Not that this is really the point of the important issues here, but the ignorance in these comments is getting tiring. There is no excuse in this case as UO salaries are public. Go to http://ir.uoregon.edu/salary and search for “Assistant Professor” and it won’t take long to find salaries of over $150K — even over $200K — in the assistant professor rank.

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        • Dog says:

          there is also no excuse for not providing any context.

          These high assistant professor salaries are in the College of Business and if we had a Medical school, they would be high there as well. These are professional schools.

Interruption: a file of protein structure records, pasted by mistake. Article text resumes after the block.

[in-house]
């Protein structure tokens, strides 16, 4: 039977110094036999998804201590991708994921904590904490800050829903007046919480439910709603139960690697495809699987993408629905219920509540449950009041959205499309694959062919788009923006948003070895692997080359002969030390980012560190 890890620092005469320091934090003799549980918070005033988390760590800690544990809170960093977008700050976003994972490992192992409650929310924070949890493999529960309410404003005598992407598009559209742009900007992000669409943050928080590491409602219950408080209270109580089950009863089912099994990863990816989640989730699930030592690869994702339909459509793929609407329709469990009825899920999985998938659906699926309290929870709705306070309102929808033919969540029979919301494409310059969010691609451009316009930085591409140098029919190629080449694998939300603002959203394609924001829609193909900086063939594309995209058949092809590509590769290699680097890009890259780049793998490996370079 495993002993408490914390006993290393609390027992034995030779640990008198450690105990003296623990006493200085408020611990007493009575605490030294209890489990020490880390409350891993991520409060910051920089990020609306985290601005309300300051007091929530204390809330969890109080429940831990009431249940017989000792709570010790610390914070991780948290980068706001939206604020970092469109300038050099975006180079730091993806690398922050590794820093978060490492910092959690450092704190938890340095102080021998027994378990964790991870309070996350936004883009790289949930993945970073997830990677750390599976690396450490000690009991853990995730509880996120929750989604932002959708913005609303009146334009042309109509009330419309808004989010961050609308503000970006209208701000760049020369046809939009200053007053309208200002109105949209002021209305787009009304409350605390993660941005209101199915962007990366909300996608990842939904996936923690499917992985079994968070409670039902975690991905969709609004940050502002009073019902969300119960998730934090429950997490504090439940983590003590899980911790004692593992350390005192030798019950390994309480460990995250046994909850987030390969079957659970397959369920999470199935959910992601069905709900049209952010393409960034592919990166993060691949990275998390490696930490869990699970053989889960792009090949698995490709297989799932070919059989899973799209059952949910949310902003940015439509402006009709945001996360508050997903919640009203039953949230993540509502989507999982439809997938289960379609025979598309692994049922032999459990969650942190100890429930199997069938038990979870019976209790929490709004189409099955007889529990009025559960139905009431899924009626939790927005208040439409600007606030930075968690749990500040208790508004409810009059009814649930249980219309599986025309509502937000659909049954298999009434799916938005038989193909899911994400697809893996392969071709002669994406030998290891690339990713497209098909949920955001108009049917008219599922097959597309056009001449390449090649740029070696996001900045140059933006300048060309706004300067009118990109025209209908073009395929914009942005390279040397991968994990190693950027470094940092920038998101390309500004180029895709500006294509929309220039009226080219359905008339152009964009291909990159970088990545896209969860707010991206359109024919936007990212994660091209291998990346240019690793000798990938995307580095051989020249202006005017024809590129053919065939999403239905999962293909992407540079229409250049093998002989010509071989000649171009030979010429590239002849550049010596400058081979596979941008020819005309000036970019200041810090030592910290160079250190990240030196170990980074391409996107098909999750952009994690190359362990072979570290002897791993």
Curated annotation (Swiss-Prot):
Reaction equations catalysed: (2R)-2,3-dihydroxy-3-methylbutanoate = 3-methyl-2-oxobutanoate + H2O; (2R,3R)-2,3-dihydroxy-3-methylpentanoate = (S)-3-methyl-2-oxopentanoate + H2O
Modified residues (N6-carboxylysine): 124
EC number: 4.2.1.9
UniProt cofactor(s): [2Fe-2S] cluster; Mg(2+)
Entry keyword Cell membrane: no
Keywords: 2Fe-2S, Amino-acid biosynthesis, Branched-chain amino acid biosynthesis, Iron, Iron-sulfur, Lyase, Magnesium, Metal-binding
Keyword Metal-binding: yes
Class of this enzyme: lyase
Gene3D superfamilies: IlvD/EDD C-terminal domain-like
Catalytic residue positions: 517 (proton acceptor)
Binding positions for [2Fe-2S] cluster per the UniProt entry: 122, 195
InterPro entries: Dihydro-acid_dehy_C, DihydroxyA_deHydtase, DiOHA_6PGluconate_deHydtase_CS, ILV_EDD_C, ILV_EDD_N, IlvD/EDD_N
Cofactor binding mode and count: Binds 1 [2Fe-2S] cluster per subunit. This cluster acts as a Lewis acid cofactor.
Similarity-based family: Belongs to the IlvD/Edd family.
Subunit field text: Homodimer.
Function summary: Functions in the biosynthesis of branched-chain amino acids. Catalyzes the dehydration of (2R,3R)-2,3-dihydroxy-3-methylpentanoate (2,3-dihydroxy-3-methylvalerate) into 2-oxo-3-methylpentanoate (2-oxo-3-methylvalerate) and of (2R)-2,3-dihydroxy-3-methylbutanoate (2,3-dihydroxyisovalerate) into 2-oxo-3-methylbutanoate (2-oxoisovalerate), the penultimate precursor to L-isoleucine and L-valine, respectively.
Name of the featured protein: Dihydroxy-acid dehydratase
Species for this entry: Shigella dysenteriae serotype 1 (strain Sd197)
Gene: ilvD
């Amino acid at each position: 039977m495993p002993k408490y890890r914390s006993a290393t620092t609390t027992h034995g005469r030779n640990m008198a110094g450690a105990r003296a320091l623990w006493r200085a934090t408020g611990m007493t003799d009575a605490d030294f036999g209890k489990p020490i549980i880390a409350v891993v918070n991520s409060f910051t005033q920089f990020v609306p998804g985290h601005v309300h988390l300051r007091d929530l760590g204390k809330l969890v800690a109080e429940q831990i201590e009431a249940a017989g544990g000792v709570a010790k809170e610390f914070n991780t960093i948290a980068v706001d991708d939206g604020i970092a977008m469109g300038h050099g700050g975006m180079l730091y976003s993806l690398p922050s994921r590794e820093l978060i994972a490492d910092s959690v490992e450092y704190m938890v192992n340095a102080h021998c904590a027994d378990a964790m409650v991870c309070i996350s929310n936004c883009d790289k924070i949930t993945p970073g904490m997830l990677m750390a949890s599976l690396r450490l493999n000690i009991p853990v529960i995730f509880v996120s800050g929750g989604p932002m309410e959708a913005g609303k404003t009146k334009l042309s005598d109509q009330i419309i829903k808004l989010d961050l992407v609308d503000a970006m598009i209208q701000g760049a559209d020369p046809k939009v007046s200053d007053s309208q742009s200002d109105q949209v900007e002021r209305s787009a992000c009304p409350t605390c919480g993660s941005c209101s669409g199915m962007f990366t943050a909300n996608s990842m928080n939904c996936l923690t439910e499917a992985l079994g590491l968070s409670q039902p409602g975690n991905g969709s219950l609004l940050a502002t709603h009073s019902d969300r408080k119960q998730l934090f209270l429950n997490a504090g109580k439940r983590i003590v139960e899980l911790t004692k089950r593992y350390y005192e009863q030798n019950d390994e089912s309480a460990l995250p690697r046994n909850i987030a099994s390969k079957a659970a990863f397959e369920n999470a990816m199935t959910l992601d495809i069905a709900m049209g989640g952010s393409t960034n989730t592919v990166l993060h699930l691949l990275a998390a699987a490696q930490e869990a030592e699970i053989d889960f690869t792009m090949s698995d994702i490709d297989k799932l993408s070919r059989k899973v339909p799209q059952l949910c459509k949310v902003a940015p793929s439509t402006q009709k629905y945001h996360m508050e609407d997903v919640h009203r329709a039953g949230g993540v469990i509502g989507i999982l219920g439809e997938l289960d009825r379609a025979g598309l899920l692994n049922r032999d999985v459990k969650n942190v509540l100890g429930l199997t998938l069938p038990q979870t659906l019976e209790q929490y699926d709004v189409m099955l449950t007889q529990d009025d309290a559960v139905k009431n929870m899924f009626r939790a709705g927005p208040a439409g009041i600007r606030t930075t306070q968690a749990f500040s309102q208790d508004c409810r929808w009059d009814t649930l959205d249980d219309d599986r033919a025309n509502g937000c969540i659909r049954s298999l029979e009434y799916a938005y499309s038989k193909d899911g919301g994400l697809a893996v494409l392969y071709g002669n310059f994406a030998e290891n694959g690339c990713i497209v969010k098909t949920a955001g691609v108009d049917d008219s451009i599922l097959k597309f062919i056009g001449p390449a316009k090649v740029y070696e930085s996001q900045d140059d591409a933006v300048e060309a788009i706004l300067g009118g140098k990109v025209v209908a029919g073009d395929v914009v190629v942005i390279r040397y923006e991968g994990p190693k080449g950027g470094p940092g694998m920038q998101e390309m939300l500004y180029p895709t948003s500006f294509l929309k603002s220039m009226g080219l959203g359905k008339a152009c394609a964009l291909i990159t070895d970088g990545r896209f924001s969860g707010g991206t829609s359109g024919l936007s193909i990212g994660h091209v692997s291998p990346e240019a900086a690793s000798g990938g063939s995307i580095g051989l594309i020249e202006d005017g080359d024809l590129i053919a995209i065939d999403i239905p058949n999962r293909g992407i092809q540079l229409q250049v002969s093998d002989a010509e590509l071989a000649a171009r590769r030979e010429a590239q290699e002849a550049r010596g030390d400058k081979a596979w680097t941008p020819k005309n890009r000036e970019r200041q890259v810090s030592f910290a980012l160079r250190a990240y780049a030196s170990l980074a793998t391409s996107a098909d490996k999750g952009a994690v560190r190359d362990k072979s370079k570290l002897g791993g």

In both cases, the external world has highly competitive salaries so any University must offer very high salaries to these people to get them to leave the external world.

          The rest of us CAS faculty , the external world has no use for us, so I suspect there are 0 assistant profs in CAS in that Salary range.

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  3. prof from another school says:

    We must not forget that The Issue is not the wisdom of retention offers creating the largest salary differentials in a department [ corrected for rank] but whether this basis is a form of gender discrimination, and thus illegal.

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    • Publius says: